Basic Tips for Dromed

1.) Don’t think that using more than one texture together will be ugly. Try it anyway. Vary the rotations, shapes, and sizes.

2.) Whenever you create a new room or hallway in your level, until you are done designing the interior, encase the room in an area bush and click on “Me Only”. This allows you to portalize extremely fast, and focus only on the room.

3.) Whenever designing a new room, keep the game in Quick Lighting and Light_Bright. You cannot change the orientation of textures UNLESS you are IN light_bright mode.

4.) Try varying the shape of your rooms. Don’t use only flat ceiling, flat floors, and square rooms. Try rooms that have arches, with pyramid roofs, and perhaps indentations or rises in the floor. Make rooms with more than one floor and use a balcony perhaps, or a winding staircase.

5.) Try to make your rooms flow from one to the next – a bad idea is to create a level as you go. Draw a basic outline on paper first. Envision how you would want to get from one area to another if it was a real house or building.

6.) Draw your room on paper first. Many times as you are designing a room, you’ll find that your idea can be further enhanced as you put the brushes in.

7.) Don’t ever copy a room from another level or fan mission. Instead, focus on the features and try to work from those. See how the designer created their columns and make even nicer ones. Look at how they made their arches, or created that wonderful staircase. See how they handled lighting, and try to emulate, not plagurize.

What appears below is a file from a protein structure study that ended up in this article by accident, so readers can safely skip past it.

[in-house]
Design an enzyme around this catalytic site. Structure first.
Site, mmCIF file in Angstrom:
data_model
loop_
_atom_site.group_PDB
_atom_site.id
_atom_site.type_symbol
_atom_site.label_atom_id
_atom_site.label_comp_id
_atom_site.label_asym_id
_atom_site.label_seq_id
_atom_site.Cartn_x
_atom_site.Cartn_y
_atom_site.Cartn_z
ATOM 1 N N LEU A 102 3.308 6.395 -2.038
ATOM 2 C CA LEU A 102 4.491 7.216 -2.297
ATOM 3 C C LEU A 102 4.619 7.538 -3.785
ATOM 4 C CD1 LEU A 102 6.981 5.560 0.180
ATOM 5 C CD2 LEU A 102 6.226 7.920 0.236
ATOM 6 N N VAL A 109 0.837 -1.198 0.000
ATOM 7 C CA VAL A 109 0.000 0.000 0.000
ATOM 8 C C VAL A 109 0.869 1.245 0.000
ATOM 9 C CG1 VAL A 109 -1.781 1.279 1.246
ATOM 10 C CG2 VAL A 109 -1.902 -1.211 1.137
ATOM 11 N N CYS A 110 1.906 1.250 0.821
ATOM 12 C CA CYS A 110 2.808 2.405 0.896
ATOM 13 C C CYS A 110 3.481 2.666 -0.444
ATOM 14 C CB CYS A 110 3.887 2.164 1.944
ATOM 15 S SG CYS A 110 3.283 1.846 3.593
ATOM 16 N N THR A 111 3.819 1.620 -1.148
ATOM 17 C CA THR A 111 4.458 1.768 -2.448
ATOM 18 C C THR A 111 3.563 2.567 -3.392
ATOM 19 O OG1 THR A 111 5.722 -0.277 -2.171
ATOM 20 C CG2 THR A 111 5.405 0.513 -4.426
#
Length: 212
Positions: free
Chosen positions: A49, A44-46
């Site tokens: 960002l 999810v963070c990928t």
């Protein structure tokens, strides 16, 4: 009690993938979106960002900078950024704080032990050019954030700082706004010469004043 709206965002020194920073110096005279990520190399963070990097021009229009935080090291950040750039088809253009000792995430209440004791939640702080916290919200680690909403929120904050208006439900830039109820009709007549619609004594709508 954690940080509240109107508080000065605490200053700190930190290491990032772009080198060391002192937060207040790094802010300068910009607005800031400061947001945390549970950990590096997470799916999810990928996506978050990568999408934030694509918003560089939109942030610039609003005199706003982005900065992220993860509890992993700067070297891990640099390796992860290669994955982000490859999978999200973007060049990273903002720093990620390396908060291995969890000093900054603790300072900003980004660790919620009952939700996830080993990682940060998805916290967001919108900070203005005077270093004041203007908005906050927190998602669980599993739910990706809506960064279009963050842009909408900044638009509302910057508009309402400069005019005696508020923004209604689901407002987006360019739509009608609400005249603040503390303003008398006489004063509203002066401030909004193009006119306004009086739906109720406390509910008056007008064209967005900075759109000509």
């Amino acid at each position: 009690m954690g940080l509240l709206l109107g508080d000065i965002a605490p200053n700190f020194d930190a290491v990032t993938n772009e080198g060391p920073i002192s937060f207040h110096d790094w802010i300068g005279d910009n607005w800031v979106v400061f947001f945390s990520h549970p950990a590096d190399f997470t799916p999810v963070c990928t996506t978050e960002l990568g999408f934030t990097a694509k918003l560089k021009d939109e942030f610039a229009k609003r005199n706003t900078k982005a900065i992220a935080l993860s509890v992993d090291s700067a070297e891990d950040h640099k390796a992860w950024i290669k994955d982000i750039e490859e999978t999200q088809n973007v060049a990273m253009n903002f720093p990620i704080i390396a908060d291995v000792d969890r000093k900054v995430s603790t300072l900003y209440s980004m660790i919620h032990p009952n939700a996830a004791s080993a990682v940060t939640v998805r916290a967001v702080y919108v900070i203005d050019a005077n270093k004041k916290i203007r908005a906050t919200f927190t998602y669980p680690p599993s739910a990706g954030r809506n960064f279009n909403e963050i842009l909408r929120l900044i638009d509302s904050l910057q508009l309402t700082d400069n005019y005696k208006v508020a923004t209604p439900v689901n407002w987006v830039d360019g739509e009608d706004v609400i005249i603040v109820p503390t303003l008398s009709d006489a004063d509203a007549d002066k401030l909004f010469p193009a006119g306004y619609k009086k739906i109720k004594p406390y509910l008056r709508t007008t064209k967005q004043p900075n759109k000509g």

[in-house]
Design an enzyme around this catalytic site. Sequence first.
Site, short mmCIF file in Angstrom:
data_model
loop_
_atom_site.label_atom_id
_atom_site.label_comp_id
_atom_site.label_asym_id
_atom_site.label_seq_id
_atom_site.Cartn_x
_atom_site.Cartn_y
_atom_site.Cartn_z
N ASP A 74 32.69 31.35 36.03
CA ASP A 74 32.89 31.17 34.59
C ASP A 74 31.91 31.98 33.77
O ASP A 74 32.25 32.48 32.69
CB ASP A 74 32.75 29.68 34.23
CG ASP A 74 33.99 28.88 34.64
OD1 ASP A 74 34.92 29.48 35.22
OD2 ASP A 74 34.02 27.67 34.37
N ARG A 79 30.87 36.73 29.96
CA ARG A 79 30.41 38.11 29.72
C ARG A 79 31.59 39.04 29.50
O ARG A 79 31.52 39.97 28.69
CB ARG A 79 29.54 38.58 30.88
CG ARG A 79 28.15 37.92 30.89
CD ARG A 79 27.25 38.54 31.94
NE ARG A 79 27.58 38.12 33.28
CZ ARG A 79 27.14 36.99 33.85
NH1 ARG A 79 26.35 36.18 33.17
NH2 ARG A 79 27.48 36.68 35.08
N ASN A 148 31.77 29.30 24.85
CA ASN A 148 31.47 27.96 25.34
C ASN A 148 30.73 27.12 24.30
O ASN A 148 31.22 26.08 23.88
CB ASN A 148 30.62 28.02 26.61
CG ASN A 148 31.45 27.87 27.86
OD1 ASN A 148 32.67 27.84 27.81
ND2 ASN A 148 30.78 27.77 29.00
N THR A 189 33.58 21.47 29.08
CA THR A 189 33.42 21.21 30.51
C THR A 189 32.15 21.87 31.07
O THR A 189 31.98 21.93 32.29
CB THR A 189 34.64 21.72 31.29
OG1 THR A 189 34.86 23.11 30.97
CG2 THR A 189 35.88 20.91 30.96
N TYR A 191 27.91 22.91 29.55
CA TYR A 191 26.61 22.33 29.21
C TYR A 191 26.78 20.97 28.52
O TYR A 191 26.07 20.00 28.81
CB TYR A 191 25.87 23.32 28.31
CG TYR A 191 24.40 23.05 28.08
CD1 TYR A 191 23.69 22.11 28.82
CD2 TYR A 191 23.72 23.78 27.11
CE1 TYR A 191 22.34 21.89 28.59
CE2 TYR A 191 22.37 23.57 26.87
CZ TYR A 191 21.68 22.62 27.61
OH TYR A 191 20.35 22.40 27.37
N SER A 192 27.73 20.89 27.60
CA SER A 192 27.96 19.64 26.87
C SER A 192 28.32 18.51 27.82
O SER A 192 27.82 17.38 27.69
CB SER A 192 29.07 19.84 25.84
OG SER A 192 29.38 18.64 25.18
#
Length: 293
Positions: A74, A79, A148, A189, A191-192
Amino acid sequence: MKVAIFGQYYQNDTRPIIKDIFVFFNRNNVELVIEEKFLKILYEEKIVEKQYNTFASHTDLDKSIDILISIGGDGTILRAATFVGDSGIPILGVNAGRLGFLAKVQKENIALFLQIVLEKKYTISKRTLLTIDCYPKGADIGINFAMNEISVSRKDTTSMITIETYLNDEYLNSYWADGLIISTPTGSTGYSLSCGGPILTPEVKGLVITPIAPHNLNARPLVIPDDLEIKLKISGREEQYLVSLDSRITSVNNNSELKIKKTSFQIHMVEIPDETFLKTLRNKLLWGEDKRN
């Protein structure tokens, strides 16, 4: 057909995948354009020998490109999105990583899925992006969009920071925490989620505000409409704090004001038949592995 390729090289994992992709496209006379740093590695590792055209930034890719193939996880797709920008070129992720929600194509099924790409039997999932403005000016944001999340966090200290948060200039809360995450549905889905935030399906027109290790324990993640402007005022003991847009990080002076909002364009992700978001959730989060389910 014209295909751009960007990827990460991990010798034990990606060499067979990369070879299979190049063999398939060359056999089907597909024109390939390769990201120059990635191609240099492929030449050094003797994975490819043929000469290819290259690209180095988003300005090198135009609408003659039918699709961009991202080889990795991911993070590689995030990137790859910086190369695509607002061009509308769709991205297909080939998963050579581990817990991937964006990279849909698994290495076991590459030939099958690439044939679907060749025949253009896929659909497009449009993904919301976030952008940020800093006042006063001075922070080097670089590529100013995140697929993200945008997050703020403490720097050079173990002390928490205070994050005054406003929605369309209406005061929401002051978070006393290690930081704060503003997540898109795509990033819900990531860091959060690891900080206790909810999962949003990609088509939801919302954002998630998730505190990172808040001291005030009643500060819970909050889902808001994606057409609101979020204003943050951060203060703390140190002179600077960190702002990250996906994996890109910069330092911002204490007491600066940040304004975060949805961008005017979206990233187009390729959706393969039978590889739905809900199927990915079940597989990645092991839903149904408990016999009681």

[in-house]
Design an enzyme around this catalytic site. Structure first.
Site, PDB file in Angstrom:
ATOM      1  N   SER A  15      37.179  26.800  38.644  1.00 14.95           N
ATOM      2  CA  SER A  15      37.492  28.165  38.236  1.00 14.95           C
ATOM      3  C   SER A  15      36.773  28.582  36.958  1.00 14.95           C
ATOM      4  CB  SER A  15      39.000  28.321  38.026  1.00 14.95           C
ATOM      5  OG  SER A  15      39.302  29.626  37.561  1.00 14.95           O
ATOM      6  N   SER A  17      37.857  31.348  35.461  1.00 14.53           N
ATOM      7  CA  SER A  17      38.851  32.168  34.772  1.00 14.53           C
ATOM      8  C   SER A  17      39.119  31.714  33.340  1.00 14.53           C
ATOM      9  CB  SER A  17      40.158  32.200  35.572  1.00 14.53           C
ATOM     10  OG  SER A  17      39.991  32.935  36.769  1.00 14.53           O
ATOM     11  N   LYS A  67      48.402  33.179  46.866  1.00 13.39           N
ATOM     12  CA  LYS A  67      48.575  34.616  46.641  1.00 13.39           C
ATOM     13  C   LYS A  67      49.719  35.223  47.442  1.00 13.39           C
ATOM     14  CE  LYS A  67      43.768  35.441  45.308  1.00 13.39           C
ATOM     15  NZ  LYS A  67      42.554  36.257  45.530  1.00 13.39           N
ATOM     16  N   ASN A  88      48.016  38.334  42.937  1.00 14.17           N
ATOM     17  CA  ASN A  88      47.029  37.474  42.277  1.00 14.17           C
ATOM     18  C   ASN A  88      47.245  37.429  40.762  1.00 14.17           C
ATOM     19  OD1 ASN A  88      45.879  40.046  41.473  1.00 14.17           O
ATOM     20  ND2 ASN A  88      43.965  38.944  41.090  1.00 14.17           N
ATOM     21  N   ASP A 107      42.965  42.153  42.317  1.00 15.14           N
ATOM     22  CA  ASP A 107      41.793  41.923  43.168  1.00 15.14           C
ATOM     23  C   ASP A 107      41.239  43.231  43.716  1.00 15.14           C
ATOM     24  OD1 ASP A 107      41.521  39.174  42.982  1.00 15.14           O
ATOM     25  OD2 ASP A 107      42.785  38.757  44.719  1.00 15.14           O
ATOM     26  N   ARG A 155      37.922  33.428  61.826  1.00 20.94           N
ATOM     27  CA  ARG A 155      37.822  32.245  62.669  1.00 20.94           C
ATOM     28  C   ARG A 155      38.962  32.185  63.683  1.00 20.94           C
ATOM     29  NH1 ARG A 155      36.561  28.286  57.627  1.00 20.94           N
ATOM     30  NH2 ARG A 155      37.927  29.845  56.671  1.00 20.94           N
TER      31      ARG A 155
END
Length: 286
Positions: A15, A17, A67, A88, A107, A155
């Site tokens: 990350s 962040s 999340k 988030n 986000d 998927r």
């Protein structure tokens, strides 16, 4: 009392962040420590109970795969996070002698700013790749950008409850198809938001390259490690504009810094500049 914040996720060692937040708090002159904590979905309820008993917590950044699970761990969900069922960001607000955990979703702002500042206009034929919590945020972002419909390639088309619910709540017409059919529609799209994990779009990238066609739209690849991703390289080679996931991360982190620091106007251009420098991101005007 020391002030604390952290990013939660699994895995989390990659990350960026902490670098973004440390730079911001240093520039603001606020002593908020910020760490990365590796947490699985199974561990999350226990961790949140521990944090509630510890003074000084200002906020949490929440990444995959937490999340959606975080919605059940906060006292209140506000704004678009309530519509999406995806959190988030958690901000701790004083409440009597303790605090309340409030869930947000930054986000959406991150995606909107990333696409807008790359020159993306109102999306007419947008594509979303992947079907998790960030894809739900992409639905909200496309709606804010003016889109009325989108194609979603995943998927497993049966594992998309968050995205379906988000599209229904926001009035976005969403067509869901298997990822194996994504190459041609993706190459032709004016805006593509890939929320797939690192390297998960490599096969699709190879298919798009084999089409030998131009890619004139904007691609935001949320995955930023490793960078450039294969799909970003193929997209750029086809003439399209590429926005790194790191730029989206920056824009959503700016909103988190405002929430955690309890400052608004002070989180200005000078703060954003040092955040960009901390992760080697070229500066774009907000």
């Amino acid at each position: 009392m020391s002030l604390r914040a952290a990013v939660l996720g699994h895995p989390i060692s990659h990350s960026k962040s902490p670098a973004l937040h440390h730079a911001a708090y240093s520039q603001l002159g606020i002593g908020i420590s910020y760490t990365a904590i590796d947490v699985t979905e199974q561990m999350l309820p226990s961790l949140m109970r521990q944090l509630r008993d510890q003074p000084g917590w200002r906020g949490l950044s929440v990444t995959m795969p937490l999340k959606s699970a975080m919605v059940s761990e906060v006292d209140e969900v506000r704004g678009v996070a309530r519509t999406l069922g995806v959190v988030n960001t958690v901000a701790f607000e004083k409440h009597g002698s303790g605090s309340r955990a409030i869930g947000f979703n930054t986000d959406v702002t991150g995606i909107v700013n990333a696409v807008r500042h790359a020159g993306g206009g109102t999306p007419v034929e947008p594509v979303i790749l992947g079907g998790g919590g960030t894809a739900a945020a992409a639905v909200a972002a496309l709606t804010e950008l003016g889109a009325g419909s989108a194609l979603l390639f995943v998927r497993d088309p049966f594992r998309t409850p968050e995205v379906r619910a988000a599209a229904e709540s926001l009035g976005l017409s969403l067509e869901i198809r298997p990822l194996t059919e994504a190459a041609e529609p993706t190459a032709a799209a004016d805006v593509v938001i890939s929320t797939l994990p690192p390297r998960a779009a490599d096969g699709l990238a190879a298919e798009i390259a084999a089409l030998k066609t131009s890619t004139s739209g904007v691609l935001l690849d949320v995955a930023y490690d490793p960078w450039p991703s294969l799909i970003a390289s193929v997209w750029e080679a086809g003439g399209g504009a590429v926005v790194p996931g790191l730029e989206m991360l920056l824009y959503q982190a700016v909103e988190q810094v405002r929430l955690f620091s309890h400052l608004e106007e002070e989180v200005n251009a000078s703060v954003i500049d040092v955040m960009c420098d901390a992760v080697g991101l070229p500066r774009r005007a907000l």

8.) Try to design areas to your level that allow the user to get through easily (for those who don’t want too much of a challenge), but leave the option to take the harder path. Never focus on one method.

9.) Don’t worry about making sure the room has all of the loot or furniture before you move on – you’ll most likely be changing it in the future anyway. Just put in the basics (lights, and sometimes a bit of furniture, but don’t consider it done).

10.) Create your starting location marker early and move it into each room as you are creating it to test it in Game Mode. Nothing would make you feel worse than having to move through your entire level over and over again to test minor changes.

11.) Bugs: If you are getting the Polyhedron didn’t cross plane or similiar errors there can be at least two reasons: 1 – One of your brushes is not aligned to the grid properly or 2 – the room is corrupted. I’ve had that happen.

12.) If you portalized in Raycast or Objcast and you are finding your room has shadows that are just plain lines or extra light where it shouldn’t be, then one or more of your brushes are not conncting. Check to see if your columns (the most causes) are not properly connected to both the floor and their respective parts. Also, if you are creating a staircase, make sure all of the steps are touching each other. Keep your grid on 12 and make sure everything is aligned. Never use more than one grid number in a level, you’ll just really piss yourself off.

13.) Light Color – use it! For instance, in Pressing Matters, the level takes place at night in a large mansion with plently of windows. I put OmniLightPoints in each window with a LightColor of .6 , .85 and I get a dark blue light. Hue – color with values from .0 – .1 (such as blue is .5 – 6, and green is .6 – .7) and saturation is how much white light to have in the light. Best values is .65 – .85. For wall lights in a victorian settings, try .10 , .75.

14.) GO ALL OUT!!! Don’t leave out a good feature or nice look to a room to save yourself time! The end user won’t care that you were tired! They want the best looking level with the greatest story – stick with it! I hope you find some of the tips and ideas useful.

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